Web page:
During endodontic treatment, effective anesthesia of any vital pulp tissue present in the pulp chamber or root canals is important for patient's cooperation and to maintain the comfort level. This is particularly true in cases of pediatric patients, where ineffective analgesia might result in a traumatic experience for the kids leading to increased apprehensiveness, reduced pain threshold, inadequate cooperation, and also creates an embarrassing situation for the dentists. The most commonly used local anesthetic solution in pediatric endodontics is 2% lidocaine hydrochloride with adrenaline (1:100,000) because of its improved efficacy at low concentrations and decreased allergenic characteristics.[1] The intrapulpal injection technique (IPI) is one of the commonly employed supplemental anesthetic technique adjuvant to conventional maxillary infiltration anesthesia or mandibular inferior alveolar block in situ ations, where patients encounter severe pain or discomfort during pulp extirpation, especially in acutely inflamed molars.[2] Although various supplemental techniques such as intraligamentary or intraosseous techniques are available, it is wise to anticipate that in spite of apparently profound anesthesia, an IPI may be required to obtain total analgesia.[3] In general, the deposition of local anesthetic solution directly into the pulp chamber provides an effective anesthesia for extirpation, instrumentation, and debridement of pulpal tissues. The most significant factor contributing to the success of IPI is that its administration must be done under pressure. Birchfield and Rosenberg suggested that the anesthetic effect of the intrapulpal technique is mainly due to the back-pressure of the solution, independent of the type of solution injected.[4] However, when the exposure site is too large for a snug needle fit, the exposed pulp is flooded with a small amount of local anesthetic solution for a minute, premature to advancing the needle as far apically as possible into the pulp chamber and injecting under pressure.[5] Various suggested methods that aid in pressure build up in such cases include, obliteration of a large pulpal opening with either gutta-percha or a cotton pellet.[5] Nevertheless, the precise mechanism by which pressure can induce anesthesia is incompletely understood. Monheim has suggested that prolonged pressure may lead to degeneration of nerve fibers in many instances leading to profound anesthesia for long endodontic treatment procedures, as in cases of pediatric patients.[6] Following access cavity preparation and deroofing of pulp chamber, IPI is administered followed by effective hemostasis which is usually achieved with a cotton wool pledge soaked with anesthetic solution or hemostatic agents such as Racellet pellets, aluminum chloride, or with sodium hypochlorite (NaOCl). In addition to its use as a hemostatic agent, NaOCl (in concentrations ranging from 0.5% to 5.25%) have been widely employed as the gold standard irrigant for pulp tissue dissolution in endodontics.[7] The pediatric dentists are aware of significant interactions between various endodontic irrigants, i.e., NaOCl and chlorhexidine (CHX), NaOCl and ethylenediaminetetracetic acid (EDTA), CHX and EDTA, but the interaction between the local anesthetic solution and subsequently used irrigants are often overlooked in clinical situations in many instances.[8],[9],[10] However, a careful review of literature revealed a study conducted by Vidhya et al. who evaluated the chemical interaction between lidocaine hydrochloride (with and without adrenaline) and NaOCl using nuclear magnetic resonance spectroscopy and reported the formation of a toxic precipitate, 2,6-xylidine, which is a known carcinogen.[11] Although all clinicians neglect this significant interaction attributing to the reason that, only a small amount of local anesthetic solution (0.2–0.5 ml) is employed for IPI, acutely inflamed pulp remnants might necessitate frequent such IPI administrations until the hot tooth is completely devoid of vital tissues to ensure the patient's maximum comfort. This is a true unacceptable fact because every dentist strives hard to perform pulp therapy in pediatric patients, for effectively putting the concerned tooth to sleep, thereby avoiding any further interventional and expensive management techniques such as conscious sedation, general anesthesia, and other behavioral management methods. Hence, the subsequent use of NaOCl (as a hemostatic agent or an irrigant) following IPI with lidocaine hydrochloride (with or without adrenaline) should be avoided in clinical cases to prevent such potential interactions. In addition, 0.9% normal saline can be preferably used to lidocaine hydrochloride for intrapulpal anesthesia (as stated by Birchfield and Rosenberg) to avoid unfavorable circumstances.[4] The IPI technique serves as a useful means of overcoming failure in teeth where conventional anesthetic techniques have failed, with an added advantage of causing negligible systemic effects. However, the main drawback with IPI technique as stated by Malamed is that the IPI by itself can be highly painful.[12] This can be attributed to the vascular distension of the tissues, i.e., engorgement of the blood vessels as stated by Harris.[13] Recently, Sooraparaju et al. in a clinical study reported that topical application of 20% benzocaine gel mixed with hyaluronidase, to the exposed pulp before the administration of IPI can reduce the intensity of pain during IPI.[14] Hyaluronidase is an enzyme that acts by hydrolysis of hyaluronic acid, a normal component of connective tissue, thereby enhancing the diffusivity of drugs injected along with it.[15] In addition, shorter needles have also been recommended in an attempt to reduce pain during injection, especially for the young uncooperative patients.[16] Therefore, a short (20 mm) or an extra shot (10 mm) 30-gauge needle can be employed in such cases to render a painless IPI. These clinically significant observations should be considered during the administration of intrapulpal anesthesia with lidocaine HCl, particularly, in cases of endodontic management of young permanent molars for rendering safe, painless, and successful pulpectomy procedures.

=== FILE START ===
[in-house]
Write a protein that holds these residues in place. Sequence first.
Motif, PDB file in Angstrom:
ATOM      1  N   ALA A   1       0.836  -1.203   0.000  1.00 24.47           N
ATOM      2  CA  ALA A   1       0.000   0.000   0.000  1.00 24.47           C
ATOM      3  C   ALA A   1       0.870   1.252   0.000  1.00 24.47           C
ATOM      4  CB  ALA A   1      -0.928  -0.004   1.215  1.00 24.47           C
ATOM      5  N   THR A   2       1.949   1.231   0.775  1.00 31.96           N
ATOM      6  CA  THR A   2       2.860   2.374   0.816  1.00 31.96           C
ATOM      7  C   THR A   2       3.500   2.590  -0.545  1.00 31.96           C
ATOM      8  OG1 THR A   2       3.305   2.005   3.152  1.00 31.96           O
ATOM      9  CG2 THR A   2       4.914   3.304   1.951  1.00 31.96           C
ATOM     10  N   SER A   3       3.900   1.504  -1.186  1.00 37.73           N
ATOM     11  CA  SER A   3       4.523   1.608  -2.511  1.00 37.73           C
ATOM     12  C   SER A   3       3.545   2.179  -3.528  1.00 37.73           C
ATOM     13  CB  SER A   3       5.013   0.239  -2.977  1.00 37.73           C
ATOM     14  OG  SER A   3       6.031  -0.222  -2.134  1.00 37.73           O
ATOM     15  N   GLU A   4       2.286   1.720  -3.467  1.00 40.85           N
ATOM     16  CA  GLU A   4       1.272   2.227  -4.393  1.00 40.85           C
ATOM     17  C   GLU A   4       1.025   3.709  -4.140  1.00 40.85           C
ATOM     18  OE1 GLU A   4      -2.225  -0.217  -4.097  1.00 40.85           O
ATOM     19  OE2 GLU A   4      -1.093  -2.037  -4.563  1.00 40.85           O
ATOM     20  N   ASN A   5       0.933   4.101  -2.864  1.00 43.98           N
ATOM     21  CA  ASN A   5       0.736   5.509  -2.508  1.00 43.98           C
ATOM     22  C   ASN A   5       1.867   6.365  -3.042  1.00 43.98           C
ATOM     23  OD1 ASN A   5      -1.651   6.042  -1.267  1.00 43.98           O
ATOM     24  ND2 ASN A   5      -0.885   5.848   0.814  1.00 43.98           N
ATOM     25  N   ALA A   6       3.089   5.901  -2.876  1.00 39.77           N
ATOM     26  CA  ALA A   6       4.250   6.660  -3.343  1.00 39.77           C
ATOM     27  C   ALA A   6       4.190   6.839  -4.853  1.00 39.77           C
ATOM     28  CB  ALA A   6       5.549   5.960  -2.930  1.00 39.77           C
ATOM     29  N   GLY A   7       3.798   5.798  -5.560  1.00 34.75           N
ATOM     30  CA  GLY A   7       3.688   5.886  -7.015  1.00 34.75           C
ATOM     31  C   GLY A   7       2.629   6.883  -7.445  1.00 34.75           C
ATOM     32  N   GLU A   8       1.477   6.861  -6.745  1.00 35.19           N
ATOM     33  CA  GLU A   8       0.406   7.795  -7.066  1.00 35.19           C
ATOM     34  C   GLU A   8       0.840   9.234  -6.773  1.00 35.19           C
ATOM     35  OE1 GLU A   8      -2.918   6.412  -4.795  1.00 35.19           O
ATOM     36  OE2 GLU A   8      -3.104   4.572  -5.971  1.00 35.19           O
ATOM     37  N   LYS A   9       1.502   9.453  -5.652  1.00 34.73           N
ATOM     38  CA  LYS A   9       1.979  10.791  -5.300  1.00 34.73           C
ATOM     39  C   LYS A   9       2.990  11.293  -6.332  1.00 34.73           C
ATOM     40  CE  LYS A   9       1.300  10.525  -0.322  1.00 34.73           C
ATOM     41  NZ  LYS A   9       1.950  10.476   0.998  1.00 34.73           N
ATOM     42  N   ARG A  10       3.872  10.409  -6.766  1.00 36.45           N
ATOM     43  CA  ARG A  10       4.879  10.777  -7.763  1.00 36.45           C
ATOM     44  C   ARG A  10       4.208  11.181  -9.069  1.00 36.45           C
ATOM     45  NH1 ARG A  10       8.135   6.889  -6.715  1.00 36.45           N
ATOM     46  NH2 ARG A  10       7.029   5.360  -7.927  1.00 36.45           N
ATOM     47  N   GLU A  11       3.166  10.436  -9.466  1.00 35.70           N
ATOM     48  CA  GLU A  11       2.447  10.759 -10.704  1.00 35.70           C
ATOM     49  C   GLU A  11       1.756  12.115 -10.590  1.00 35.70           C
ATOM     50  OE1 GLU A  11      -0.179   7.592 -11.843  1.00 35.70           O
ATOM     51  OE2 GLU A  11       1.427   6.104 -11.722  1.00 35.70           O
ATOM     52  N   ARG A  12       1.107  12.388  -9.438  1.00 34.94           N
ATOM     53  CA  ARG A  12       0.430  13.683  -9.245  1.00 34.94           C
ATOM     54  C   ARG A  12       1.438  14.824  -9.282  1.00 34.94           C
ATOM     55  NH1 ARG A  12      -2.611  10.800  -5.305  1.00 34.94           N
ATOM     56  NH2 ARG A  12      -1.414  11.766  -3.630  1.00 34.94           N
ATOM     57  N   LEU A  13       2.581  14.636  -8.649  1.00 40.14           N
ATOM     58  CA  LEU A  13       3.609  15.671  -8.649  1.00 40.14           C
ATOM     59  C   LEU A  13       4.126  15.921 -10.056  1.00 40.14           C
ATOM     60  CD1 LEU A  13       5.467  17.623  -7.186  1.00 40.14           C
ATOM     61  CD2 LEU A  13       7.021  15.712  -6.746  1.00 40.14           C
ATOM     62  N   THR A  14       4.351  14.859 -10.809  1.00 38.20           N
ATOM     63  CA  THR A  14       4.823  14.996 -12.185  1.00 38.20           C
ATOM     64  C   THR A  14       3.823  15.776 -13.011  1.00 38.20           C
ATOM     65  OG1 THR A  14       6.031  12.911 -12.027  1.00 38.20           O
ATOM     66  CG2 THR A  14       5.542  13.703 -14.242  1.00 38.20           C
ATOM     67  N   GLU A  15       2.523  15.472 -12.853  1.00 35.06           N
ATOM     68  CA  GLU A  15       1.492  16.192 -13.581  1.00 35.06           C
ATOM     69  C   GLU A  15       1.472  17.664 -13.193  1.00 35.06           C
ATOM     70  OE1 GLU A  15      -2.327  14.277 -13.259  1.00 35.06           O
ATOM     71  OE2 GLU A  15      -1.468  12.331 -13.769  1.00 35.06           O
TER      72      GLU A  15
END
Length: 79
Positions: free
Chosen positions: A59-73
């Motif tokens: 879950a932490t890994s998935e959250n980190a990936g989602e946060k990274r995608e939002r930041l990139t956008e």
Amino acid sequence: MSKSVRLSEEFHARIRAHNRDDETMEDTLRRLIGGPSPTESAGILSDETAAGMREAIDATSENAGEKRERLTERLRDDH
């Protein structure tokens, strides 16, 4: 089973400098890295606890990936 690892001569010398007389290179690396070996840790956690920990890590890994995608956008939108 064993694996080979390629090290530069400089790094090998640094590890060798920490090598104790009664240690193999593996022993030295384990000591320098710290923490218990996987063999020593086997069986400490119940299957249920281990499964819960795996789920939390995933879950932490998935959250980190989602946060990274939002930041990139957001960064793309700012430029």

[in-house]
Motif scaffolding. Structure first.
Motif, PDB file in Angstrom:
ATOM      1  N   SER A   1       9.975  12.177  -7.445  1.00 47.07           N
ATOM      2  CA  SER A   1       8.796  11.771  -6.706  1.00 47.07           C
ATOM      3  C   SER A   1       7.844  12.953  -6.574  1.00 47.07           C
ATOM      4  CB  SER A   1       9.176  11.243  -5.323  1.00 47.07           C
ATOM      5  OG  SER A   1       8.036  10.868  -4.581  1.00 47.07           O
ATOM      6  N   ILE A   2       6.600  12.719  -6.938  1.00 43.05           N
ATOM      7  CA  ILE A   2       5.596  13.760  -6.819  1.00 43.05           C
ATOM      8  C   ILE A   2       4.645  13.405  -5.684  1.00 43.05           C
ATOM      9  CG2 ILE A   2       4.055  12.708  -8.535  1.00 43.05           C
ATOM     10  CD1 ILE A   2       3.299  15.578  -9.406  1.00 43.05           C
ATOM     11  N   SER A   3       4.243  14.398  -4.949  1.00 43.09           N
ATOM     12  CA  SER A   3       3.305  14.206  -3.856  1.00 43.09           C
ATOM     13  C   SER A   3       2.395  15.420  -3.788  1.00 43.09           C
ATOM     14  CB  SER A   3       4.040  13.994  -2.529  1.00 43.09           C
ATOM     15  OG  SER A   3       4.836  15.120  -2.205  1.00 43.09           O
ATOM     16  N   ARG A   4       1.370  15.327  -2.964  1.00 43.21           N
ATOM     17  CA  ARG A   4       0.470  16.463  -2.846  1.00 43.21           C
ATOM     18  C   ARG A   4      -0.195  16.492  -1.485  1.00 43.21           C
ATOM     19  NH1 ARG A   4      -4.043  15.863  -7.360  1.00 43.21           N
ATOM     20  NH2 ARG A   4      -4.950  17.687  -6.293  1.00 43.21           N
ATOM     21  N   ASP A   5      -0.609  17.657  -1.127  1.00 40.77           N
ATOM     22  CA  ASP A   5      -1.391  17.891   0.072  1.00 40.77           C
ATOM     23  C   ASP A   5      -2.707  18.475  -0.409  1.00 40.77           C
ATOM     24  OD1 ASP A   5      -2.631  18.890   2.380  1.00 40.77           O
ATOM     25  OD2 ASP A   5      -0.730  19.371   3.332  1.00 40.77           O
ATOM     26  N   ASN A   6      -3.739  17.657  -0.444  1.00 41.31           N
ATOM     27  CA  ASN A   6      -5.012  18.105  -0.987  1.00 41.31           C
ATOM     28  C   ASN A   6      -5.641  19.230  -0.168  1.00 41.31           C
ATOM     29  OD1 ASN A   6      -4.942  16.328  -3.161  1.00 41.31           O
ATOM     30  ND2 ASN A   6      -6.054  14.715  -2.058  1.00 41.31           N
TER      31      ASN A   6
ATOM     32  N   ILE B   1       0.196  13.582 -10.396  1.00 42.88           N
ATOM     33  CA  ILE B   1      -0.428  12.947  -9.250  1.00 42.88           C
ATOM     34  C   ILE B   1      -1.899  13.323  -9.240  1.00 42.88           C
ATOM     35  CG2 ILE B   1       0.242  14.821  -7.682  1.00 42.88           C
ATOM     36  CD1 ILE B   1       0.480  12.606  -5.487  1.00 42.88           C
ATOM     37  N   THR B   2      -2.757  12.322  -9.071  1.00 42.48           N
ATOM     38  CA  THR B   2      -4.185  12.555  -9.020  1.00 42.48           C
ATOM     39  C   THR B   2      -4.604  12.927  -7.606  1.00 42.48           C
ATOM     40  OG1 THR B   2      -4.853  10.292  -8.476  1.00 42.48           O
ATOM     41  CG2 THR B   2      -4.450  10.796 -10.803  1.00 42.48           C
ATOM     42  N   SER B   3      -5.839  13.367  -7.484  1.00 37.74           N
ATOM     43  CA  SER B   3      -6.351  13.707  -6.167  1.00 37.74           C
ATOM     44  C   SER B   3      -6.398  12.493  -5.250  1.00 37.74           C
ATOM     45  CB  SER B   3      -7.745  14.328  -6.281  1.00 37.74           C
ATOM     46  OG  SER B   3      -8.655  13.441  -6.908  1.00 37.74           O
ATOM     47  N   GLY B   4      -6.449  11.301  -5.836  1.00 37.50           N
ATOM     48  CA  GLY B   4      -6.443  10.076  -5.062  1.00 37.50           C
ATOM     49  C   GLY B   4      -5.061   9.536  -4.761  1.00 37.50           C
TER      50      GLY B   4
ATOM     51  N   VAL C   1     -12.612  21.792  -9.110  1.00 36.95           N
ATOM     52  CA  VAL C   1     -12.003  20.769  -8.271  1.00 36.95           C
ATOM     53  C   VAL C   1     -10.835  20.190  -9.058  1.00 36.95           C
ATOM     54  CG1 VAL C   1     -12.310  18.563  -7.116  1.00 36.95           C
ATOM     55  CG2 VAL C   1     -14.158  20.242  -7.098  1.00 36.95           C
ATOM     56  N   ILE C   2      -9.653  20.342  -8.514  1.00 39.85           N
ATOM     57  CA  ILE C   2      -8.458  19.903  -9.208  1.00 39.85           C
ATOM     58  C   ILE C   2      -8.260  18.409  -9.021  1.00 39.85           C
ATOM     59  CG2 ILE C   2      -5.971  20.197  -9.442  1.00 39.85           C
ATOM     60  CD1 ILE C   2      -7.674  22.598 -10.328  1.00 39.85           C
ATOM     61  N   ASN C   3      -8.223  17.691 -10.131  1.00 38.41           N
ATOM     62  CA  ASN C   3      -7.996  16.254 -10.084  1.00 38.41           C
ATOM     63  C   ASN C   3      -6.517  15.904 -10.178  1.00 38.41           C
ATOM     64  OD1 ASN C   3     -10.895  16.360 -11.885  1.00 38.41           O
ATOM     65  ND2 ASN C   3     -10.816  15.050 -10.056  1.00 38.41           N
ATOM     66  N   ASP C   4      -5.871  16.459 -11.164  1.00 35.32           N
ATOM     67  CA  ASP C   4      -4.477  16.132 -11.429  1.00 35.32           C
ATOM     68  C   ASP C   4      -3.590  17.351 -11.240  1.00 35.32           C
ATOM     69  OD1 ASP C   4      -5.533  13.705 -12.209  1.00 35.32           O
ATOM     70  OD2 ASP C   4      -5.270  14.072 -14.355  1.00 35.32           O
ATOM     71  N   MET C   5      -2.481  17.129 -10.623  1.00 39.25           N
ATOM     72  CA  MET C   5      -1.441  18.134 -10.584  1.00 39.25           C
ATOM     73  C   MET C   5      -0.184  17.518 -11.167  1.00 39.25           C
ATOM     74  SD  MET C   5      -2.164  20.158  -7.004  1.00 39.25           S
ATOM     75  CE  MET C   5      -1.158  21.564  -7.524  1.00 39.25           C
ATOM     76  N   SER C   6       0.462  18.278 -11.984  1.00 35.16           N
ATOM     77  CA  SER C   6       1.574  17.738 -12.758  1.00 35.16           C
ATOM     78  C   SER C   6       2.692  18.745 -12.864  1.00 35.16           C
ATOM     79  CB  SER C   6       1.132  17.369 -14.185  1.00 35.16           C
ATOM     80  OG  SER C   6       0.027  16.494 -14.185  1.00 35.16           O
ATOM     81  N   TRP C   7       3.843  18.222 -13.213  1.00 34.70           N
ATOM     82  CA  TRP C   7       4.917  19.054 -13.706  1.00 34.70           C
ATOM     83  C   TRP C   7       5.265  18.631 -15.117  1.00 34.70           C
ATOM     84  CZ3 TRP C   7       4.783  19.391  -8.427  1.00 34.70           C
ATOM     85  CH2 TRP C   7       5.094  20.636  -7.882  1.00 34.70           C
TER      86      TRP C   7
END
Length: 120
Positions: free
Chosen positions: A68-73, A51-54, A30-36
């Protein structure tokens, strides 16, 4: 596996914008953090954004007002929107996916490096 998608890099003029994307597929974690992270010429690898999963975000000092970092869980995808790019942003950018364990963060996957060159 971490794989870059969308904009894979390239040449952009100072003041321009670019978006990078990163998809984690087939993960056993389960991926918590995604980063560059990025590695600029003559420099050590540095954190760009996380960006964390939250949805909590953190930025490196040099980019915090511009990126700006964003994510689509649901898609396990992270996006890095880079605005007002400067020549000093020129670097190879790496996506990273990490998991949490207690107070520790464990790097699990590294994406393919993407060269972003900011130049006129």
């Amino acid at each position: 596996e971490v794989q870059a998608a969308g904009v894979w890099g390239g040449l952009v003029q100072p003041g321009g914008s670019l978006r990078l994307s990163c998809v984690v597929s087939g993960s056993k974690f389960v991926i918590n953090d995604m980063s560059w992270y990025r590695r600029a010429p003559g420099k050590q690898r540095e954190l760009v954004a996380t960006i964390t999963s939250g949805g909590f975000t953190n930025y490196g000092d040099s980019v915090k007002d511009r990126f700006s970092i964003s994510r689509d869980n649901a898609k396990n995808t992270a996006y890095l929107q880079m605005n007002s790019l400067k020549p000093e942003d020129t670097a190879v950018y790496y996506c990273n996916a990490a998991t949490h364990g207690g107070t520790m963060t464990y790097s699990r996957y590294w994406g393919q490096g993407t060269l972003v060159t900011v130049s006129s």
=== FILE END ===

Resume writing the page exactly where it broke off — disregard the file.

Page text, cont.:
References Top